KBC Bank Ireland has reported profits of €16.2m after tax and impairment costs for the first quarter of this year. This compares to a loss of €17.1m the same time last year.

The bank, which has €14.4 billion of loans and mortgages outstanding in Ireland, said its loan impairment costs fell to €7.4m from €47.9m in the previous quarter. 

It said it was continuing to see progress in resolving arrears in its retail mortgage and SME loan books and reported a 23% decrease in the number of mortgage arrears cases since December 2013.

The bank said its mortgage business continued to grow and it now has a 12% market share at the end of the first quarter.

Its total retail deposits stood at €3.6 billion and it added 15,000 customer accounts in the three month period.

During the first quarter, KBC Bank Ireland opened new banking hubs in Naas, Kilkenny and Waterford and also bought hub locations in College Green in Dublin and in Wilton in Cork. It has an Irish workforce of over 1,000. 

The bank's Irish CEO Wim Verbraeken said that it was pleased with its progress so far this year after previously indicating that it was on track to return to profit by 2016.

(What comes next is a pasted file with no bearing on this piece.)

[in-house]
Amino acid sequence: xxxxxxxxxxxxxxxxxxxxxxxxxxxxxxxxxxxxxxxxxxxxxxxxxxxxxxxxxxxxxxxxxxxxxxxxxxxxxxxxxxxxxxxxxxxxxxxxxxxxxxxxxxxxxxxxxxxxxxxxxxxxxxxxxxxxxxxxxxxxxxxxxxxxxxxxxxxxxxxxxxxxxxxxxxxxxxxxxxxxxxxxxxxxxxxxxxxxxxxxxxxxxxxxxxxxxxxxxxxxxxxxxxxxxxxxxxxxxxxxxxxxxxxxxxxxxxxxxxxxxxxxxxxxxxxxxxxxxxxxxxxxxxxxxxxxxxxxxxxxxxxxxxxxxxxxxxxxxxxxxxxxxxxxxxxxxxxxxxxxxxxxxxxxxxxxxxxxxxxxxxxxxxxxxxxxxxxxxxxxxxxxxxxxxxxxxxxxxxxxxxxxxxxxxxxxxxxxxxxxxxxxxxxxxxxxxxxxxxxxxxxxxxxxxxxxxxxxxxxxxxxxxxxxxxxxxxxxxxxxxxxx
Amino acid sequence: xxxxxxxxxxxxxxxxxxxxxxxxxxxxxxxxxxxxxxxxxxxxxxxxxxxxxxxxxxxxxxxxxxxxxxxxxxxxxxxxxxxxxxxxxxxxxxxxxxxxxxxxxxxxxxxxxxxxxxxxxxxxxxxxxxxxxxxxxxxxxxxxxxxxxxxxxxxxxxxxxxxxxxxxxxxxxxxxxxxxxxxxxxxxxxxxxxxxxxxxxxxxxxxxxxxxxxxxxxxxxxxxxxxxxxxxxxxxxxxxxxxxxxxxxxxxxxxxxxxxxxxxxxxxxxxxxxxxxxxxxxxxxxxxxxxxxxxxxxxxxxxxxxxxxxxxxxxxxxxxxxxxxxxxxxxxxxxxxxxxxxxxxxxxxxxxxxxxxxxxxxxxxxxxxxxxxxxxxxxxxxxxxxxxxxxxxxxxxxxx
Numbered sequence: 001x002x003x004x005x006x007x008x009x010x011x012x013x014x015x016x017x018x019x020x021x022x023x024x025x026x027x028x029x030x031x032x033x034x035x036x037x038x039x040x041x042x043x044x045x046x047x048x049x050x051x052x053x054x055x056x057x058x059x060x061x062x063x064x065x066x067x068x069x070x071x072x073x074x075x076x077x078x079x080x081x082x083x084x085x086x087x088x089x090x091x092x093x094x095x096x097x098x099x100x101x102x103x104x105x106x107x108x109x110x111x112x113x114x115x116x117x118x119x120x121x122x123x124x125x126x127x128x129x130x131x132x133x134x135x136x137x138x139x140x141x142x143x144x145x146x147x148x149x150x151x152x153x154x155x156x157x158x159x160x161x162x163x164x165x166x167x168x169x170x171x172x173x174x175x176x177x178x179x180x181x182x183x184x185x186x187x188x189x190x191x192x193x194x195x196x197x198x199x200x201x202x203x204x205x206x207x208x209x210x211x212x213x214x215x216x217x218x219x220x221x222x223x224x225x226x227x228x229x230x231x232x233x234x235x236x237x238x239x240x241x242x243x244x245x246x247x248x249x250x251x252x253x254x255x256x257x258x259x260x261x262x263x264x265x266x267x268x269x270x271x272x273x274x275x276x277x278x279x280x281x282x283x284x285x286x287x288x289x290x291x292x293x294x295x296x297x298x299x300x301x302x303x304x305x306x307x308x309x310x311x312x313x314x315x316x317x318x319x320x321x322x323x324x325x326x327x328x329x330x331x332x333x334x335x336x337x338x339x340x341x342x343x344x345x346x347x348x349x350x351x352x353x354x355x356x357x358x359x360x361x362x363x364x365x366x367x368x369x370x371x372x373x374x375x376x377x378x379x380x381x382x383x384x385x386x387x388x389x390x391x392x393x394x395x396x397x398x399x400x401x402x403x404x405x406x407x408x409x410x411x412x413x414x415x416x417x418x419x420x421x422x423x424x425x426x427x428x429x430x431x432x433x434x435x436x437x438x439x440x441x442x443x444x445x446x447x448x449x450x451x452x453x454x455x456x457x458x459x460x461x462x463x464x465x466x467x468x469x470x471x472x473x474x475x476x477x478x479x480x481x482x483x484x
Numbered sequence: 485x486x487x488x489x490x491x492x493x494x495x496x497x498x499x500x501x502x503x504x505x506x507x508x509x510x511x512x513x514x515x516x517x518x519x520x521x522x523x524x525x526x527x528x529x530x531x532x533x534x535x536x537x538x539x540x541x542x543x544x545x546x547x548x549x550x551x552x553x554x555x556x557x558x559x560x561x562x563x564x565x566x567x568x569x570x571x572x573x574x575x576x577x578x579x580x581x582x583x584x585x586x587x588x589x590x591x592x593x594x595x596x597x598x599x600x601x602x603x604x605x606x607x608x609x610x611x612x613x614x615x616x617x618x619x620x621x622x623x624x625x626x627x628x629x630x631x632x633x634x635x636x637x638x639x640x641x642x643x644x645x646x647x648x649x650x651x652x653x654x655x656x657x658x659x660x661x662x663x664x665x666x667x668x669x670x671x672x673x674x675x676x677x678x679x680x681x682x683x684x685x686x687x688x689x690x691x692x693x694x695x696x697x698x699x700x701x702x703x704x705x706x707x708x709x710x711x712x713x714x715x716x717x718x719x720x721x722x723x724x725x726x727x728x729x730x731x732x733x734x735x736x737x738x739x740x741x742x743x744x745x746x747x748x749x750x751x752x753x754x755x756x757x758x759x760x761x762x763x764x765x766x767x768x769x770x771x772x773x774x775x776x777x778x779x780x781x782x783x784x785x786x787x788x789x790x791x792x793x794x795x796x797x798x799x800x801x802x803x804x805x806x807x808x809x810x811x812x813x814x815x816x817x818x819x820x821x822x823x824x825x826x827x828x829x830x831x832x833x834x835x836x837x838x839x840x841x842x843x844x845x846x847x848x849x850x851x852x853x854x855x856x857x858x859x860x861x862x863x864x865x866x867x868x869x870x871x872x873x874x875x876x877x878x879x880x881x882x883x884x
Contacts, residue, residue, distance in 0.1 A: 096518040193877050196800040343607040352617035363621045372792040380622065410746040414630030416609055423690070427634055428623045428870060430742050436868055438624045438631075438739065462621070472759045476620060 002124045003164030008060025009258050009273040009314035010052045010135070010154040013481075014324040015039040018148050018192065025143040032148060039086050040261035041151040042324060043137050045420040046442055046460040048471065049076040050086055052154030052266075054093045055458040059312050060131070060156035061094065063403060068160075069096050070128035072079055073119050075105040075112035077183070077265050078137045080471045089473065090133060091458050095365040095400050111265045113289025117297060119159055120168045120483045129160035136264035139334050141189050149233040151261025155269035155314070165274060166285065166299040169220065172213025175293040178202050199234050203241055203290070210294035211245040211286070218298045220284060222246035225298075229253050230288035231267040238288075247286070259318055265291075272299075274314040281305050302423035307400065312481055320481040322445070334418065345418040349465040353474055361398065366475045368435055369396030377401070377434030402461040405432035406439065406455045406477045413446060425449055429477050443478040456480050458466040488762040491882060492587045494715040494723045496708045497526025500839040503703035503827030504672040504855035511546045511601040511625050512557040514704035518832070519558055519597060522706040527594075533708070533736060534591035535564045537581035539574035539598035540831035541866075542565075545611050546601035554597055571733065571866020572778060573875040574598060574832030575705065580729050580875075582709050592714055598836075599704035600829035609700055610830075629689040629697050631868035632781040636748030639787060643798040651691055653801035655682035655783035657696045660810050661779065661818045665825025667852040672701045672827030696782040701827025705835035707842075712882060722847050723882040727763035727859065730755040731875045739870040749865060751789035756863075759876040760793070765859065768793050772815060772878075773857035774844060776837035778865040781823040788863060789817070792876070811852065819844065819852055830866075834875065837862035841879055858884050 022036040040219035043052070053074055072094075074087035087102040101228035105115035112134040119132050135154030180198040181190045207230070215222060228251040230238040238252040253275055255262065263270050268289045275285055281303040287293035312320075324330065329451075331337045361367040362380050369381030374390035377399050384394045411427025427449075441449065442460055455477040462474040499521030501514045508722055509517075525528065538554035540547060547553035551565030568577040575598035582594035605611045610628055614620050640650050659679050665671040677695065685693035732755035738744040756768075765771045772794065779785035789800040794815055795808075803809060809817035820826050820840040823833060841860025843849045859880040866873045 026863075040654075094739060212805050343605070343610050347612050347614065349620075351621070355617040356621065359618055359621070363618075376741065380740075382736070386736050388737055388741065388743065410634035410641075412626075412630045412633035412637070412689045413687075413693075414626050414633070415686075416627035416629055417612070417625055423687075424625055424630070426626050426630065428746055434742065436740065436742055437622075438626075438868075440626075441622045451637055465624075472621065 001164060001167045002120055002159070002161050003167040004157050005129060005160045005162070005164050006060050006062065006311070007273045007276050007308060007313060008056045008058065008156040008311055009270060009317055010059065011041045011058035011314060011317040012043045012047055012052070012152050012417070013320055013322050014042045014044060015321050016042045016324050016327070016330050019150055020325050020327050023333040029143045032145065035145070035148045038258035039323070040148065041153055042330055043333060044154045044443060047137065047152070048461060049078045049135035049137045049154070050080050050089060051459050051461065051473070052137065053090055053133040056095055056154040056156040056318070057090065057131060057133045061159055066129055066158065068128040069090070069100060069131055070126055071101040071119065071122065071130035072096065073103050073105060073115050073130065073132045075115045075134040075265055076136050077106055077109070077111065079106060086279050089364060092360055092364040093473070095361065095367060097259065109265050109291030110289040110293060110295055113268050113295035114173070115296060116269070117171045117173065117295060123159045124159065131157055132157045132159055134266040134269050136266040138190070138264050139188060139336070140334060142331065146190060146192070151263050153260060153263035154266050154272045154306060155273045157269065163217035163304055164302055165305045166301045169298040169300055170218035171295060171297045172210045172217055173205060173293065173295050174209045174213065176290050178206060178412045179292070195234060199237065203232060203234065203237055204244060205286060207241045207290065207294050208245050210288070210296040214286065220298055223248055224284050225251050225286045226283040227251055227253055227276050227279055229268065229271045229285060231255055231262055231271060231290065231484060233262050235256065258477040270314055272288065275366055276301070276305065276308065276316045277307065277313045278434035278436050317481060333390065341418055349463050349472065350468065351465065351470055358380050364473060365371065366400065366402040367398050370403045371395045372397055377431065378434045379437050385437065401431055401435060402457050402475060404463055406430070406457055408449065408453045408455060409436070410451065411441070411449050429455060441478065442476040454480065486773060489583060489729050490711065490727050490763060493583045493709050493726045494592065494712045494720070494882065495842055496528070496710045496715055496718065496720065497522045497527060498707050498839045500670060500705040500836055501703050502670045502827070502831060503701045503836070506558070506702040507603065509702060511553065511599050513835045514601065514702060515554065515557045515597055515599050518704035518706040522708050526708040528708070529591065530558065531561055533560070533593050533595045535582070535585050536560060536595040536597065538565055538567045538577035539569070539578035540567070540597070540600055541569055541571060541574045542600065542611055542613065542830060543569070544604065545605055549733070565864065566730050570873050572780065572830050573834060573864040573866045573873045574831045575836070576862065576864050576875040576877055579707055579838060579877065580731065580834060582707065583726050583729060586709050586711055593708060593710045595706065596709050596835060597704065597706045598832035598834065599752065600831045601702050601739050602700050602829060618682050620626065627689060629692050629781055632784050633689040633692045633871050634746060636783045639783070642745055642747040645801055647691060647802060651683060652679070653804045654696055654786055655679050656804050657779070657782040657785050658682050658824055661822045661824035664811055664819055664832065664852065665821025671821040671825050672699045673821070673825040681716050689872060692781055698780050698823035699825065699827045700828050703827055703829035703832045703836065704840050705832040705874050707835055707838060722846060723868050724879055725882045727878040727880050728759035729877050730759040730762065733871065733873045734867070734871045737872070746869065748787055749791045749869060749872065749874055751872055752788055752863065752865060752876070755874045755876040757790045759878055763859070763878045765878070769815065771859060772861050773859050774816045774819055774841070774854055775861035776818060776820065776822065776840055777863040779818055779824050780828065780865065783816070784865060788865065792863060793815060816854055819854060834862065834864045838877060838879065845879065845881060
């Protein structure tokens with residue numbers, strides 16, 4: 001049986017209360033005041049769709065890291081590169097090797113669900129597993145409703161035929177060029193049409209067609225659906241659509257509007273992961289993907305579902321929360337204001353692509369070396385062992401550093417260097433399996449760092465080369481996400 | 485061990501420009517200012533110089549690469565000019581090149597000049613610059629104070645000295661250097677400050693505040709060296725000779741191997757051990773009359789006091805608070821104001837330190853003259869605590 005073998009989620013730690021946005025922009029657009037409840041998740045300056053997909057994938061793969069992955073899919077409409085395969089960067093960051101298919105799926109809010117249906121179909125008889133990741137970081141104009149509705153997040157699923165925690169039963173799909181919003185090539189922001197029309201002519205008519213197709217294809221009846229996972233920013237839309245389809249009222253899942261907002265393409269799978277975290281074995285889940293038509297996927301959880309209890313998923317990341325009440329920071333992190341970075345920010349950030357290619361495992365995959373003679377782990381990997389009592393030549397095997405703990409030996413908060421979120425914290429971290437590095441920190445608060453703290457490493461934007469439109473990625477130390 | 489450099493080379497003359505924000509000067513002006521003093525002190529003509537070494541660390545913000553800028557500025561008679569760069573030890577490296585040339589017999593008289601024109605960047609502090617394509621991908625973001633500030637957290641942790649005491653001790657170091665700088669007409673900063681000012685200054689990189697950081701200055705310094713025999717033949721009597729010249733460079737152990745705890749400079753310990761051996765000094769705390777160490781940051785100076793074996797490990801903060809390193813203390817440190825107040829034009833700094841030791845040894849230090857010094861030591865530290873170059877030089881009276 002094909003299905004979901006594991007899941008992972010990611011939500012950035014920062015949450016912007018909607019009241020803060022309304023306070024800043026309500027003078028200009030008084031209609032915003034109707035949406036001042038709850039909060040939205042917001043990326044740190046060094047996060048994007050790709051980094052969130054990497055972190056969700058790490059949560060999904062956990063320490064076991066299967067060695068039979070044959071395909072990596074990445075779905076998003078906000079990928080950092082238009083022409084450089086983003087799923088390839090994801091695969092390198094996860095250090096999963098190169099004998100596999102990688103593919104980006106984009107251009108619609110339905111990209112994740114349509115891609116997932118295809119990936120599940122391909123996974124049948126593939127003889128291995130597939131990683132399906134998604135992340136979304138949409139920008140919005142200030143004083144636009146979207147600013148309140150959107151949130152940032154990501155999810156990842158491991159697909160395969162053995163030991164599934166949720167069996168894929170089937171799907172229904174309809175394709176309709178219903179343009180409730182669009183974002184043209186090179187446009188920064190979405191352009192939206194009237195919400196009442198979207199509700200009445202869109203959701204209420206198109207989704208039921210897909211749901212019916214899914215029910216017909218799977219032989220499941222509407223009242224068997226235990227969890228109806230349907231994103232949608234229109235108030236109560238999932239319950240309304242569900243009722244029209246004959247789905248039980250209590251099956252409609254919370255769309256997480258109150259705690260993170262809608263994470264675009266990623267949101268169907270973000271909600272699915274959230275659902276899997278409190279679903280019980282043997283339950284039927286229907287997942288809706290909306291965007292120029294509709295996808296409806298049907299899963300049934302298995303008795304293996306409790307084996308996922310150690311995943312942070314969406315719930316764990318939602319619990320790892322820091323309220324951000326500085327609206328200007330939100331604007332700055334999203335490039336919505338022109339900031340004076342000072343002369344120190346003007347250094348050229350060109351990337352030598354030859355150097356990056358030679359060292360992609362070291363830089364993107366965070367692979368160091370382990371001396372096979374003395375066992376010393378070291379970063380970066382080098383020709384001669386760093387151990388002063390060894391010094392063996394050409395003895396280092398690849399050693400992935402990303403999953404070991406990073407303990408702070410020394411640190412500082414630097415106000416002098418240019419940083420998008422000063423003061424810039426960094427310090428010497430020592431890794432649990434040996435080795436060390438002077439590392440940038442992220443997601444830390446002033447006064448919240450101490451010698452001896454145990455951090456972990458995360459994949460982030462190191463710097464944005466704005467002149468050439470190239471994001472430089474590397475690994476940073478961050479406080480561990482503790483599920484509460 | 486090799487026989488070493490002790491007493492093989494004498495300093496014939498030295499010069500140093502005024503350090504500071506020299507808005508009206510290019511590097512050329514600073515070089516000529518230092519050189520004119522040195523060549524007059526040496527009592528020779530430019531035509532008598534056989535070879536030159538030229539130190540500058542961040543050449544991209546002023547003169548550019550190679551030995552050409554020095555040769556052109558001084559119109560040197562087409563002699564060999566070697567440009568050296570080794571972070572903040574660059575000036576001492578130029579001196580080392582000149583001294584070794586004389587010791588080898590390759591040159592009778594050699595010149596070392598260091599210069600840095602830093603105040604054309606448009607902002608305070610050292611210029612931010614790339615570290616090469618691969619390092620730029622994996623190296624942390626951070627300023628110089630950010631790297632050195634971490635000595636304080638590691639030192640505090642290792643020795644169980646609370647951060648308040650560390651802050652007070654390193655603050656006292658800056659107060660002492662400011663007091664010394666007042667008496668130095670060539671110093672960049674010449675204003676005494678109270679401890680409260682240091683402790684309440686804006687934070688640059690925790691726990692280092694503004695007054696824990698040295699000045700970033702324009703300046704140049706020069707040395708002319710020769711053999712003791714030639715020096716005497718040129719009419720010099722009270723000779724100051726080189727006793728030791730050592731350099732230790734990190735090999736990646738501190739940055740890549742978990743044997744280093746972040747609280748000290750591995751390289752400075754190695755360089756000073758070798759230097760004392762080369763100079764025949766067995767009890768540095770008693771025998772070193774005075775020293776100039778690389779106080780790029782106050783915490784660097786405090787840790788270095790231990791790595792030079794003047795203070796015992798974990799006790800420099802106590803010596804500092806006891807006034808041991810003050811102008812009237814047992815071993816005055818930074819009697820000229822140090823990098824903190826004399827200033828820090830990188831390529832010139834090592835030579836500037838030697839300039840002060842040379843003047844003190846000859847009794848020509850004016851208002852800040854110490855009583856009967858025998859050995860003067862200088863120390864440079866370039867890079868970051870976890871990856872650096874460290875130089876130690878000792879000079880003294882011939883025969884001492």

"However, we are still in expansion mode and this growth requires continued investment in new retail banking hubs and digital platforms to ensure we offer superior service and innovation for customers," he added.

Overall, the Belgian financial group KBC today reported a better than expected net profit in the first quarter due to a strong improvement in the company's insurance business and a return to profit for its unit grouping smaller markets such as Ireland. 

Net profit, adjusted for one-off items, rose by 51% in the first quarter from the same time last year to €510m, well above the €384m expected in a Reuters poll of six analysts. 

The group said its combined ratio - costs plus claims as a percentage of revenues, a key profit indicator in the non-life sector - fell to 82% in the first quarter due to a mild winter across all regions, meaning fewer claims. 

KBC's International Markets business, which consists of units in Bulgaria, Hungary, Ireland and Slovakia, swung to a net profit of €24m from a €28m loss in the same time last year. 

The group recorded a sharp decrease in impairment losses in the first quarter, mainly because of declines in Ireland and the Czech Republic. 

KBC kept its guidance for Irish loans losses of between €50-100m in 2015 and 2016.